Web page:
Strike 1: It wouldn’t be right if the Denver Nuggets didn’t get to exorcise at least one big bad demon on the way to their first trip to the NBA Finals.

After dispatching the betting favorite Phoenix Suns in six games, the Nuggets now get to face their Western Conference Finals nemesis: The Los Angeles Lakers.

With Las Vegas finally on board the Nuggets bandwagon, this Denver team – which still appears to thrive on being an underdog – will still be allowed to play the disrespect card against LeBron James and the Lakers in this season’s WCF. And that’s a very good thing for Nuggets Nation.

We want the Lakers. Beat. L. A.

It’s been forever since the Nuggets got this much respect nationally – and yet they can still point to any number of pundits and prognosticators who think LeBron and Co. will take them out of the postseason for the fourth time in four tries just because well, they always have. Since Denver has never “been there, done that” before, the doubters are going to remain prevalent and vocal.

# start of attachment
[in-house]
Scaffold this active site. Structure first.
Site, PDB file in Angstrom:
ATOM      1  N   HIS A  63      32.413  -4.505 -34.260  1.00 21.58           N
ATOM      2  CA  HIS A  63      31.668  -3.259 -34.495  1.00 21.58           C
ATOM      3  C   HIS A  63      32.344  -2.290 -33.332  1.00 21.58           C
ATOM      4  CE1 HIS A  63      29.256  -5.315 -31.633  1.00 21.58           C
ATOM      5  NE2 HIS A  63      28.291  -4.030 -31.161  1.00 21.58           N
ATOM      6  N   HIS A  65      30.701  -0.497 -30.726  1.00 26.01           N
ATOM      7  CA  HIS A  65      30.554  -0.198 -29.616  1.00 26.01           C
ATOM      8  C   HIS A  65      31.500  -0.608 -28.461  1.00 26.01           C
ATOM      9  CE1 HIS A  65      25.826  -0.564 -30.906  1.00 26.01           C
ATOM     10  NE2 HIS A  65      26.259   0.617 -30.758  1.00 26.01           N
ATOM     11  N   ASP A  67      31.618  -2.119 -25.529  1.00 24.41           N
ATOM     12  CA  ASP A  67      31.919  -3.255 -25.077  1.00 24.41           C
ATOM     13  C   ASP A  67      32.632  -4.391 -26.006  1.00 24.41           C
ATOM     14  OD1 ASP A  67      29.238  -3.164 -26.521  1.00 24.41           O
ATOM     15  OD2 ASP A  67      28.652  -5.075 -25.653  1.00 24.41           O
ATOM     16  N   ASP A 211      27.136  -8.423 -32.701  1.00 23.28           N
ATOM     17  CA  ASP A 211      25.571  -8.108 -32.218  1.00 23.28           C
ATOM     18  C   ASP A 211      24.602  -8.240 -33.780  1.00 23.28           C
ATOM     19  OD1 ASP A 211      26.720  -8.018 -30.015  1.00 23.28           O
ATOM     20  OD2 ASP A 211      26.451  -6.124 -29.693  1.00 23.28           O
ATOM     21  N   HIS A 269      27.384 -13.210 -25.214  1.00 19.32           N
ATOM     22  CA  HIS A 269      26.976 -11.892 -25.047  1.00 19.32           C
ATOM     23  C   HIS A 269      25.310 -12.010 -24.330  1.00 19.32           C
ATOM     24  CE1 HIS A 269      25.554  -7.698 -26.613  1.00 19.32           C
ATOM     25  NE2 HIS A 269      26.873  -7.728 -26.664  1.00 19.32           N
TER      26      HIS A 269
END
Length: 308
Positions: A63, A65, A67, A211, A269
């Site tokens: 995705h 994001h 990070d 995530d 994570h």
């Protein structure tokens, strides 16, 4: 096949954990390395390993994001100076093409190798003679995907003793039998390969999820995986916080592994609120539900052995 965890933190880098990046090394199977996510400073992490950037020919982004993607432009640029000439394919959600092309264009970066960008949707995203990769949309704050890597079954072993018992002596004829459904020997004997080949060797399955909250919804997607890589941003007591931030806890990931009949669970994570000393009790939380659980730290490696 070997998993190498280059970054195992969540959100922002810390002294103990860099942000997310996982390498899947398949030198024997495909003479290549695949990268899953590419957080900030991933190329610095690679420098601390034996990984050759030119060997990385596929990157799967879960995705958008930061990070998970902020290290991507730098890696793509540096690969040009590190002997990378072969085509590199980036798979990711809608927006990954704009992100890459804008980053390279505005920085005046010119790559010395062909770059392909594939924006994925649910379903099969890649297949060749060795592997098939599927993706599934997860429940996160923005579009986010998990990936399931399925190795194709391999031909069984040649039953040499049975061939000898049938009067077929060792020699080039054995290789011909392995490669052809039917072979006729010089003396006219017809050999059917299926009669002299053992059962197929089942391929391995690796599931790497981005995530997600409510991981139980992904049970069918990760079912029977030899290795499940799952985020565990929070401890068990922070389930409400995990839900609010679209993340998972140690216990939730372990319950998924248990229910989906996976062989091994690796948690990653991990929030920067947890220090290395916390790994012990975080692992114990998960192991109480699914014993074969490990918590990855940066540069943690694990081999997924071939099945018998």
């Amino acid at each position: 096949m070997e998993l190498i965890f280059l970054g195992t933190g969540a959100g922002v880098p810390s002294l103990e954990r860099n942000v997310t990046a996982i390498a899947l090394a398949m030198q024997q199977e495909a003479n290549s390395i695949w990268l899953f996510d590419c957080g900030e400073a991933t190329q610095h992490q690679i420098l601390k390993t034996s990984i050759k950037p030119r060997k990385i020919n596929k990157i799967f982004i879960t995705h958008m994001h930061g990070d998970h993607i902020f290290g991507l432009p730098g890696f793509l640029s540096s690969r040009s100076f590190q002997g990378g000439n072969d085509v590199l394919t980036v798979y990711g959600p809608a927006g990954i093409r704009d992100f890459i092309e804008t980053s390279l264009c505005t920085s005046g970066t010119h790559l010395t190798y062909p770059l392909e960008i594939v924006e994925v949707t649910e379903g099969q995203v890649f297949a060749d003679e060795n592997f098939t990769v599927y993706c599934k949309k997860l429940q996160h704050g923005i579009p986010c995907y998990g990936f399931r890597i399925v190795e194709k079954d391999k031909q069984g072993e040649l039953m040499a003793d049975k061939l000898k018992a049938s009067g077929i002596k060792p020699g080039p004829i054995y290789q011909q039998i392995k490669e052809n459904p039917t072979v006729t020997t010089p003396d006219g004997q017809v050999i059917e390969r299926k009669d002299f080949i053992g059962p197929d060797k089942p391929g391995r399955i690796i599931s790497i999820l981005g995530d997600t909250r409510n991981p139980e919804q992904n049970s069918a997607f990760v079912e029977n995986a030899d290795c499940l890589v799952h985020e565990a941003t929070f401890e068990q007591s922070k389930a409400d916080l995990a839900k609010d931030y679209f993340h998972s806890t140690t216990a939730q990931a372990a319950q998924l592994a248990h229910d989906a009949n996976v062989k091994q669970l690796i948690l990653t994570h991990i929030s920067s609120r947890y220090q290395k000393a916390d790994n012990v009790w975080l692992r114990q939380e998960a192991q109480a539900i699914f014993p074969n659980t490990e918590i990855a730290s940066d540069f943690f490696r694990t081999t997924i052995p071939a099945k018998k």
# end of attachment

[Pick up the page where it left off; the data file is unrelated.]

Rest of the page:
Starting with Doug Moe’s 1985 Nuggets squad, the Lakers have defeated Denver in three of the Nuggets previous four trips to the conference finals, in ’85, 2009 and three seasons ago in the 2020 “bubble” postseason. In fact, in seven previous playoff series, the Lakers are 7-0 vs Denver.

There’s no doubt the Nuggets coaches and players will get sick and tired of hearing about their past failures against LA well in advance of Tuesday night’s opening tip. But once again, that’s the type of fuel this team has needed. For a team that’s this talented, the only thing that’s brought them down all season is complacency.

Highly doubtful that’s the case in this series.

The Nuggets and seventh-seeded Lakers split four games this season.